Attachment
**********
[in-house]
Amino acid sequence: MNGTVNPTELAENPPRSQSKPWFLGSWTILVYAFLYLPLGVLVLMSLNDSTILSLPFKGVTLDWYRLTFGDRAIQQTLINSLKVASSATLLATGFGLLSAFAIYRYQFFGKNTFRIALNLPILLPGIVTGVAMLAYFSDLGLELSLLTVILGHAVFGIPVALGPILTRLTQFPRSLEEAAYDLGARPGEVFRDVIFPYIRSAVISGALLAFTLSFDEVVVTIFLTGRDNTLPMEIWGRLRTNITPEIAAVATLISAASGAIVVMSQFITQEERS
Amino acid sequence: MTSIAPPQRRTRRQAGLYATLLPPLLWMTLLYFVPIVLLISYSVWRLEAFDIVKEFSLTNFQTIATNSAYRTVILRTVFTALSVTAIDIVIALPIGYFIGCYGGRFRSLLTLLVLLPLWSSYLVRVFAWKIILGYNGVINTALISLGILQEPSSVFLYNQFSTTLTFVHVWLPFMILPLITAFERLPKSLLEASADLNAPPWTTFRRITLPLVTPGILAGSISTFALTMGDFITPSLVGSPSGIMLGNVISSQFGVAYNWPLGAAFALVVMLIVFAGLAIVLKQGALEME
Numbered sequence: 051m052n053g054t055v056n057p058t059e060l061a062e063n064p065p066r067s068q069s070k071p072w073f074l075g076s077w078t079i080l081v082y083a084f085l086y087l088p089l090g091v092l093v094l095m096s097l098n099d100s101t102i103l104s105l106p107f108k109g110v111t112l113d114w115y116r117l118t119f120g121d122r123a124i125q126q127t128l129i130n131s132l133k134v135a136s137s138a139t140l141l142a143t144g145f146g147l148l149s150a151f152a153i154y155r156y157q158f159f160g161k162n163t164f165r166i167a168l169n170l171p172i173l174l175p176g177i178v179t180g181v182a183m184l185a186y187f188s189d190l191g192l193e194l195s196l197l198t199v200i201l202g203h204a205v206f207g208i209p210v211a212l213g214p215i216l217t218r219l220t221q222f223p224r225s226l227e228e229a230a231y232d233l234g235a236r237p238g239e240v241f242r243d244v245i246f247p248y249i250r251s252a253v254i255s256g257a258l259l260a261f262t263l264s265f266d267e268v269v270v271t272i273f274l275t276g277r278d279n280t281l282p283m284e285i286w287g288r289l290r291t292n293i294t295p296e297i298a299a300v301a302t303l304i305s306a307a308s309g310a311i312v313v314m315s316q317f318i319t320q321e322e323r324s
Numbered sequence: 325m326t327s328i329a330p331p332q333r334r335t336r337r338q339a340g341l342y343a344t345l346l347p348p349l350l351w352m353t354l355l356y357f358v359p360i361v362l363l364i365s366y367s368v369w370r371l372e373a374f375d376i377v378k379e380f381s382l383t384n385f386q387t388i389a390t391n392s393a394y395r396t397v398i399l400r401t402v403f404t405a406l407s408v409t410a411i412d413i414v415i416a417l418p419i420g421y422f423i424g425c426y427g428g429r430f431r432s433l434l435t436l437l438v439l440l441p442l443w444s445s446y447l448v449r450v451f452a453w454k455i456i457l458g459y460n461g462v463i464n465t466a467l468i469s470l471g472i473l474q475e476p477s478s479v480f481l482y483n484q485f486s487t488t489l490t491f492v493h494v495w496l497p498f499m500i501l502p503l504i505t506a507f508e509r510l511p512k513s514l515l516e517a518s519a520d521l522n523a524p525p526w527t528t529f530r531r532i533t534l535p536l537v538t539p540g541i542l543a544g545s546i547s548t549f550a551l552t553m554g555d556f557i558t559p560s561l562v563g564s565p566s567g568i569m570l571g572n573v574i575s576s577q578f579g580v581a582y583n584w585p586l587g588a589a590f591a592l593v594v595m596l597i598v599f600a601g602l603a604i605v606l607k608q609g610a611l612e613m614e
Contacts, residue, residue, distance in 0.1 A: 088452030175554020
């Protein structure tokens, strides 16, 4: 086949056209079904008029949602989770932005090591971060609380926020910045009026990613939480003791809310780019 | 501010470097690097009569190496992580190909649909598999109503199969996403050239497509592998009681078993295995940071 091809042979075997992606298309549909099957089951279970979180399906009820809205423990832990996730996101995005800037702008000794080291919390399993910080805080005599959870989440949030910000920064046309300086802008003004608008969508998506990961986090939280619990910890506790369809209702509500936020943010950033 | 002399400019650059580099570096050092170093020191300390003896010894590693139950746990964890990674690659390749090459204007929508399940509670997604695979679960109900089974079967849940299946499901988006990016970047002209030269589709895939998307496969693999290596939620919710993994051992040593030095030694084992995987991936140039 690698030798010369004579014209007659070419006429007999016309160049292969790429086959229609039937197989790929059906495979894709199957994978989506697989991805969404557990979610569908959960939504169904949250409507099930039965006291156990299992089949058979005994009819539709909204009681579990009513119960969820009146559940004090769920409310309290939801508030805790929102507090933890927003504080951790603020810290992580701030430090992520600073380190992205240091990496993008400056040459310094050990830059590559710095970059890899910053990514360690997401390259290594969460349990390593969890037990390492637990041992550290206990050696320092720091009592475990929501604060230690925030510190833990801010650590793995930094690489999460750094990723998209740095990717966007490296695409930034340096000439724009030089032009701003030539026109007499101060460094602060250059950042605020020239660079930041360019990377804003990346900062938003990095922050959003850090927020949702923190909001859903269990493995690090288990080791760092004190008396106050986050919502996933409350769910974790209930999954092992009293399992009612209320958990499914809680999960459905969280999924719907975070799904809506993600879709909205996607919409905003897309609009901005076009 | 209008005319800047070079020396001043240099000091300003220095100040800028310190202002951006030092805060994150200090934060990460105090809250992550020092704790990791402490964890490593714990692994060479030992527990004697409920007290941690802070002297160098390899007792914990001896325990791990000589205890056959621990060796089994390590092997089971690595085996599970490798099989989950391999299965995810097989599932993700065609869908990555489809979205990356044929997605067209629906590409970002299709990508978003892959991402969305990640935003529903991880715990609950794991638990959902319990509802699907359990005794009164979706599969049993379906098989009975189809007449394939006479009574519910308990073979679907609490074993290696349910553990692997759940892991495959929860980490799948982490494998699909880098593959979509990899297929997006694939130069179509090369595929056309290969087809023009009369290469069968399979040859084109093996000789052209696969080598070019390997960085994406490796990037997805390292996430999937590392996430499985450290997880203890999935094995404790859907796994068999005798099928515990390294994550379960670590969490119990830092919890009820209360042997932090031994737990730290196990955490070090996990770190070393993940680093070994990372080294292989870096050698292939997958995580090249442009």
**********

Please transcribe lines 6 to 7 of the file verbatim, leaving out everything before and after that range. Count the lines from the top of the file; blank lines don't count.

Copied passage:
Contacts, residue, residue, distance in 0.1 A: 088452030175554020
């Protein structure tokens, strides 16, 4: 086949056209079904008029949602989770932005090591971060609380926020910045009026990613939480003791809310780019 | 501010470097690097009569190496992580190909649909598999109503199969996403050239497509592998009681078993295995940071 091809042979075997992606298309549909099957089951279970979180399906009820809205423990832990996730996101995005800037702008000794080291919390399993910080805080005599959870989440949030910000920064046309300086802008003004608008969508998506990961986090939280619990910890506790369809209702509500936020943010950033 | 002399400019650059580099570096050092170093020191300390003896010894590693139950746990964890990674690659390749090459204007929508399940509670997604695979679960109900089974079967849940299946499901988006990016970047002209030269589709895939998307496969693999290596939620919710993994051992040593030095030694084992995987991936140039 690698030798010369004579014209007659070419006429007999016309160049292969790429086959229609039937197989790929059906495979894709199957994978989506697989991805969404557990979610569908959960939504169904949250409507099930039965006291156990299992089949058979005994009819539709909204009681579990009513119960969820009146559940004090769920409310309290939801508030805790929102507090933890927003504080951790603020810290992580701030430090992520600073380190992205240091990496993008400056040459310094050990830059590559710095970059890899910053990514360690997401390259290594969460349990390593969890037990390492637990041992550290206990050696320092720091009592475990929501604060230690925030510190833990801010650590793995930094690489999460750094990723998209740095990717966007490296695409930034340096000439724009030089032009701003030539026109007499101060460094602060250059950042605020020239660079930041360019990377804003990346900062938003990095922050959003850090927020949702923190909001859903269990493995690090288990080791760092004190008396106050986050919502996933409350769910974790209930999954092992009293399992009612209320958990499914809680999960459905969280999924719907975070799904809506993600879709909205996607919409905003897309609009901005076009 | 209008005319800047070079020396001043240099000091300003220095100040800028310190202002951006030092805060994150200090934060990460105090809250992550020092704790990791402490964890490593714990692994060479030992527990004697409920007290941690802070002297160098390899007792914990001896325990791990000589205890056959621990060796089994390590092997089971690595085996599970490798099989989950391999299965995810097989599932993700065609869908990555489809979205990356044929997605067209629906590409970002299709990508978003892959991402969305990640935003529903991880715990609950794991638990959902319990509802699907359990005794009164979706599969049993379906098989009975189809007449394939006479009574519910308990073979679907609490074993290696349910553990692997759940892991495959929860980490799948982490494998699909880098593959979509990899297929997006694939130069179509090369595929056309290969087809023009009369290469069968399979040859084109093996000789052209696969080598070019390997960085994406490796990037997805390292996430999937590392996430499985450290997880203890999935094995404790859907796994068999005798099928515990390294994550379960670590969490119990830092919890009820209360042997932090031994737990730290196990955490070090996990770190070393993940680093070994990372080294292989870096050698292939997958995580090249442009």